Chocolate Crickets: A Beginning to Food Week


News articles across the internet and random links on Facebook are constantly expressing how harmful it is to eat meat because of how the meat is made and processed. However, few of these sources provide alternative, delicious options. Take for example this news article by PBS, which cites scientific studies showing the correlation between consumption of processed meats and colorectal cancer. It’s difficult to truly listen to what articles like these are trying to get across when most meats are so widely accepted in society and used in many foods today.

Attending the Food Day Panel Discussion a few weeks ago, organized by UCLA’s Healthy Campus Initiative was extremely eye opening. National Food Day is recognized annually on October 24 and was established by the Center for Science in the Public Interest to celebrate healthy, affordable, and sustainably produced food (National Food Day). This panel celebrated Food Day with a discussion featuring experts in nutrition, environmental sustainability, and food science. Specifically the panel featured Dr. Dana Hunnes (Senior Dietician at UCLA Medical Center), Elliot Mermel (CEO and Cofounder of Coalo Valley Farms), Dr. Jennifer Jay (Professor at UCLA Institute of Environment and Sustainability), and moderated by our own Dr. Wendy Slusser, Associate Vice Provost of UCLA Healthy Campus Initiative.


Daily Bruin, Week of October 24.

When I first walked into the event at 12pm Monday of October 24, I immediately encountered a table full of vegan dishes. Food from apple vegan chicken to beet salad to kale and quinoa salad and finally some delicious cucumber water filled the tables. This was what they called a “Flexitarian Lunch.” A flexitarian diet is one that is primarily plant-based with the occasional inclusion of meat products. This type of lunch gave attendees like me the opportunity to experience what a common lunch is for those who follow a flexitarian diet.

The Food Day Panel first started off talking about the damage to the environment that is caused by meat-based farms. They emphasized the increase in greenhouse gases is mainly caused by cows and pigs. Some European studies have even identified an increase in greenhouse gases upwards of 18% to 31% of the total EU emissions as a result of livestock farming (European Commission, 2006). The panel discussed alternatives to eating meats, which included many different types of plants as substitutes. One strong point that they made was that an individual could receive the necessary amount of daily protein from eating a reasonably-sized portion of vegetables instead of meat. A common approximation is a 3 oz portion of chicken equaling 1 cup and 2.5 tablespoons of lentils or 1-1.3 cups of black beans. This was very informative because I feel that many people do not realize the amount of nutrients you can get from simply eating plant-based foods.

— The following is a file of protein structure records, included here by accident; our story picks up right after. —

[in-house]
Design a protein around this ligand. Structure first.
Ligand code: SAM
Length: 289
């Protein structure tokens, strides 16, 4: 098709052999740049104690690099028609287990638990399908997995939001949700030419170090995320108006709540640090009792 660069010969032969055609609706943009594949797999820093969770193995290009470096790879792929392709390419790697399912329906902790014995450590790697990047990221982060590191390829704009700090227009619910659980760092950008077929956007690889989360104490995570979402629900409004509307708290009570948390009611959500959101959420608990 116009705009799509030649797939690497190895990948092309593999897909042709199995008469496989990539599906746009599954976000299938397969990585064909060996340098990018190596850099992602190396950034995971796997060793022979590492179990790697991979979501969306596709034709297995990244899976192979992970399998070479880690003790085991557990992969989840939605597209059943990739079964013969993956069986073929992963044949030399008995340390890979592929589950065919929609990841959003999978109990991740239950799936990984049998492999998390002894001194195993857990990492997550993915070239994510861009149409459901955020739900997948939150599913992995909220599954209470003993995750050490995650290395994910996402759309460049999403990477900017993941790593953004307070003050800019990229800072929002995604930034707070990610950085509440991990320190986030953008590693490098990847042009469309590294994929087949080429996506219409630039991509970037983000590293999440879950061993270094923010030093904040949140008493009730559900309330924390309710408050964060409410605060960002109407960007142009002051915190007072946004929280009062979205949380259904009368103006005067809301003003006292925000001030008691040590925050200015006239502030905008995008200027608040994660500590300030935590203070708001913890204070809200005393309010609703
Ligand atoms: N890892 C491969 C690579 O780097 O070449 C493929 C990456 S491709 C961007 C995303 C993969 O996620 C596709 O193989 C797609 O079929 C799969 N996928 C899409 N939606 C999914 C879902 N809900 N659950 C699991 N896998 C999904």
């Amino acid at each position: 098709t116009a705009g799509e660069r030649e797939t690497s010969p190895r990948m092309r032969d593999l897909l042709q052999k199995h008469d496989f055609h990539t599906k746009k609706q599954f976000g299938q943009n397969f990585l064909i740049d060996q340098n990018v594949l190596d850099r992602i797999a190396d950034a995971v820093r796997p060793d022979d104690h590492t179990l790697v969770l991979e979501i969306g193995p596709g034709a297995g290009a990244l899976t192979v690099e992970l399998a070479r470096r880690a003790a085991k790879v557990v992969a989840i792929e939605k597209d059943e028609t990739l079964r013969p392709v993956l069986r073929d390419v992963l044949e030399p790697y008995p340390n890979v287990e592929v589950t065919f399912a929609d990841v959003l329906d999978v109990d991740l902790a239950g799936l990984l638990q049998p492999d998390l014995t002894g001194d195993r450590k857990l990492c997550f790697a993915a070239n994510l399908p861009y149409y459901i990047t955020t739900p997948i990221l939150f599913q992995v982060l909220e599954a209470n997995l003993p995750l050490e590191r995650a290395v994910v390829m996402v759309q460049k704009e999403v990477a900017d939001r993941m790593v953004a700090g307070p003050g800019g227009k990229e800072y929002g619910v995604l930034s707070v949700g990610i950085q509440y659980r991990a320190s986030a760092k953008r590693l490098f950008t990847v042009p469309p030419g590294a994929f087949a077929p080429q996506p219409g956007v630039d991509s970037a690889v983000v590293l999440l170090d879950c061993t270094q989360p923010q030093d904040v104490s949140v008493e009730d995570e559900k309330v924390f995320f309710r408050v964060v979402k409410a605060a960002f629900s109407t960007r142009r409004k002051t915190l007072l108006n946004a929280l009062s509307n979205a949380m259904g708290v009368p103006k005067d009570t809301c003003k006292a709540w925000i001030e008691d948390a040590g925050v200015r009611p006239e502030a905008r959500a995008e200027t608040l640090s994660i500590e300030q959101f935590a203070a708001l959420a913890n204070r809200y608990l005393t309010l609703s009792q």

After a general discussion about the effects of eating meat, Mermel began talking about his unique cricket farm. Attendees were offered samples of his chocolate crickets, and I found them quite delighting. I initially found the crunchiness of the cricket exoskeleton a little unsettling. However, after swallowing it and letting my taste buds really marinate the chocolate taste, I could not taste the cricket at all. It was sweet and creamy as any chocolate would be. I’m thankful I tried them, but would you have tried them? The crickets eat an all-organic diet of fruits and vegetables that are grown on the farm as well. Thanks to people like Mermel, eating insects is becoming more and more popular and socially acceptable now!

Not only are the crickets nutritious, but they are raised in an environmentally friendly way as well. Mermel talked about how the farm utilizes an aquaponics system. This aquaponics system combines conventional aquaculture (raising fish) with hydroculture (growing plants in water instead of soil). The farming requires little resources and the resources that are used (water) is continually recycled. In addition to the discussion of the cricket farm, Dr. Hunnes briefly talked about the effects of processed meat on our bodies and lifestyle while Dr. Jay discussed the impact of agriculture on the environment.

Reflecting on the panel’s discussion, I’ve come to realize that educating and convincing people seems to be the biggest struggle. Even my friends are not as open to making changes in their current diet because they are comfortable with their current lifestyle. Stepping out of that comfort zone takes not only a risky jump but also an open mind. Consequently, T\the panel stressed the importance of sharing information and continuing to educate friends and acquaintances about different alternative options to meat.

Attending this discussion made me more aware of alternative diets and I look forward to potentially incorporating some of these ideas I learned about into creating delicious and environmentally friendly meals! I’ve even already looked into some new flexitarian recipes. It’s events like these that truly make me think about what I’m eating and I’m glad I had the opportunity to learn about something important to me outside of my immediate educational curriculum. I look forward to attending more events like these that make me mindful of what I’m eating.

Phillip Cox is a 4th year Bioengineering major and blogger for the Eat Well Pod within the Healthy Campus Initiative. 

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